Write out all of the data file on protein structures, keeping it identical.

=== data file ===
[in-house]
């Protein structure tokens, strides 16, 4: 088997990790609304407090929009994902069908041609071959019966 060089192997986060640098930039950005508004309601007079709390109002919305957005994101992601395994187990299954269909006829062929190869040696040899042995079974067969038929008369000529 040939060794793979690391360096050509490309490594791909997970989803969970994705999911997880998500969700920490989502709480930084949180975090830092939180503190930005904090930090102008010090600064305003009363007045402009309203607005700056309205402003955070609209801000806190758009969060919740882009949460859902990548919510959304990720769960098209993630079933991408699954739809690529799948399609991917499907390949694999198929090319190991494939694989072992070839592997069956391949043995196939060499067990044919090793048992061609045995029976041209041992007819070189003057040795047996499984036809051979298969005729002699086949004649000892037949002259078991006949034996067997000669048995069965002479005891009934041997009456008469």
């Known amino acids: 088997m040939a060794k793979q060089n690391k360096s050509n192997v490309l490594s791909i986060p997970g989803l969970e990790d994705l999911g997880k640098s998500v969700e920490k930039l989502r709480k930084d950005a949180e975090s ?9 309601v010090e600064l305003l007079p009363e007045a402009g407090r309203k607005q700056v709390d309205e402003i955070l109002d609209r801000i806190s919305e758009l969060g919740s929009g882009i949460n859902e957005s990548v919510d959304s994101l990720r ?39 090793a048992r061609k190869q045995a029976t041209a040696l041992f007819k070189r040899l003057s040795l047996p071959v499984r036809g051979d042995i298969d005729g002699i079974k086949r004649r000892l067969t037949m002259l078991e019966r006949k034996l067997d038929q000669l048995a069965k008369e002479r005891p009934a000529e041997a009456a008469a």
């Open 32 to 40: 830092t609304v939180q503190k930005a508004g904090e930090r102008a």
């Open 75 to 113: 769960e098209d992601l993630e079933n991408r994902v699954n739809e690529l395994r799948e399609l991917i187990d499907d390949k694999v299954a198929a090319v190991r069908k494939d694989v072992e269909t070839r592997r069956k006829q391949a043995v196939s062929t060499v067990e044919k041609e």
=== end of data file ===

[in-house]
């Protein structure tokens, strides 16, 4: 088997990790609304407090929009994902069908041609071959019966 060089192997986060640098930039950005508004309601007079709390109002919305957005994101992601395994187990299954269909006829062929190869040696040899042995079974067969038929008369000529 040939060794793979690391360096050509490309490594791909997970989803969970994705999911997880998500969700920490989502709480930084949180975090830092939180503190930005904090930090102008010090600064305003009363007045402009309203607005700056309205402003955070609209801000806190758009969060919740882009949460859902990548919510959304990720769960098209993630079933991408699954739809690529799948399609991917499907390949694999198929090319190991494939694989072992070839592997069956391949043995196939060499067990044919090793048992061609045995029976041209041992007819070189003057040795047996499984036809051979298969005729002699086949004649000892037949002259078991006949034996067997000669048995069965002479005891009934041997009456008469």
């Known amino acids: 088997m040939a060794k793979q060089n690391k360096s050509n192997v490309l490594s791909i986060p997970g989803l969970e990790d994705l999911g997880k640098s998500v969700e920490k930039l989502r709480k930084d950005a949180e975090s ?9 309601v010090e600064l305003l007079p009363e007045a402009g407090r309203k607005q700056v709390d309205e402003i955070l109002d609209r801000i806190s919305e758009l969060g919740s929009g882009i949460n859902e957005s990548v919510d959304s994101l990720r ?39 090793a048992r061609k190869q045995a029976t041209a040696l041992f007819k070189r040899l003057s040795l047996p071959v499984r036809g051979d042995i298969d005729g002699i079974k086949r004649r000892l067969t037949m002259l078991e019966r006949k034996l067997d038929q000669l048995a069965k008369e002479r005891p009934a000529e041997a009456a008469a």
């Open 32 to 40: 830092t609304v939180q503190k930005a508004g904090e930090r102008a």
């Open 75 to 113: 769960e098209d992601l993630e079933n991408r994902v699954n739809e690529l395994r799948e399609l991917i187990d499907d390949k694999v299954a198929a090319v190991r069908k494939d694989v072992e269909t070839r592997r069956k006829q391949a043995v196939s062929t060499v067990e044919k041609e």